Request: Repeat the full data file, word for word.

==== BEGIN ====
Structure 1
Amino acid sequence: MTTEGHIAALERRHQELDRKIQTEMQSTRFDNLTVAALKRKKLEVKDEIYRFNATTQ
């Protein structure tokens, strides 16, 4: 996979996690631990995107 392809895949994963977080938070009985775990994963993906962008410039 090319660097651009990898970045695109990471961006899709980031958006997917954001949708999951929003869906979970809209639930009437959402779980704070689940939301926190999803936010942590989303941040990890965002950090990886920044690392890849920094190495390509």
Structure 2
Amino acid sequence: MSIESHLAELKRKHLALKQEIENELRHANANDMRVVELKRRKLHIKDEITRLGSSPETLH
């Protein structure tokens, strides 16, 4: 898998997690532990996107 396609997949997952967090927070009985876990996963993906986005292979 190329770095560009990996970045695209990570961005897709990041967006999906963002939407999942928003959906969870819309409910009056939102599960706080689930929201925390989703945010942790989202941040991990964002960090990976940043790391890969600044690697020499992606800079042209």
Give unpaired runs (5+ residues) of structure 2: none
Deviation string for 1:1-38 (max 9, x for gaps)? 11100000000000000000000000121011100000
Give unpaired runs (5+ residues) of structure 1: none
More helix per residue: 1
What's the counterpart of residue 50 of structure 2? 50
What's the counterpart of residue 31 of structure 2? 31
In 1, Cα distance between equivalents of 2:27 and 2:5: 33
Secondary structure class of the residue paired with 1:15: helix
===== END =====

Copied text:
Structure 1
Amino acid sequence: MTTEGHIAALERRHQELDRKIQTEMQSTRFDNLTVAALKRKKLEVKDEIYRFNATTQ
């Protein structure tokens, strides 16, 4: 996979996690631990995107 392809895949994963977080938070009985775990994963993906962008410039 090319660097651009990898970045695109990471961006899709980031958006997917954001949708999951929003869906979970809209639930009437959402779980704070689940939301926190999803936010942590989303941040990890965002950090990886920044690392890849920094190495390509």
Structure 2
Amino acid sequence: MSIESHLAELKRKHLALKQEIENELRHANANDMRVVELKRRKLHIKDEITRLGSSPETLH
């Protein structure tokens, strides 16, 4: 898998997690532990996107 396609997949997952967090927070009985876990996963993906986005292979 190329770095560009990996970045695209990570961005897709990041967006999906963002939407999942928003959906969870819309409910009056939102599960706080689930929201925390989703945010942790989202941040991990964002960090990976940043790391890969600044690697020499992606800079042209």
Give unpaired runs (5+ residues) of structure 2: none
Deviation string for 1:1-38 (max 9, x for gaps)? 11100000000000000000000000121011100000
Give unpaired runs (5+ residues) of structure 1: none
More helix per residue: 1
What's the counterpart of residue 50 of structure 2? 50
What's the counterpart of residue 31 of structure 2? 31
In 1, Cα distance between equivalents of 2:27 and 2:5: 33
Secondary structure class of the residue paired with 1:15: helix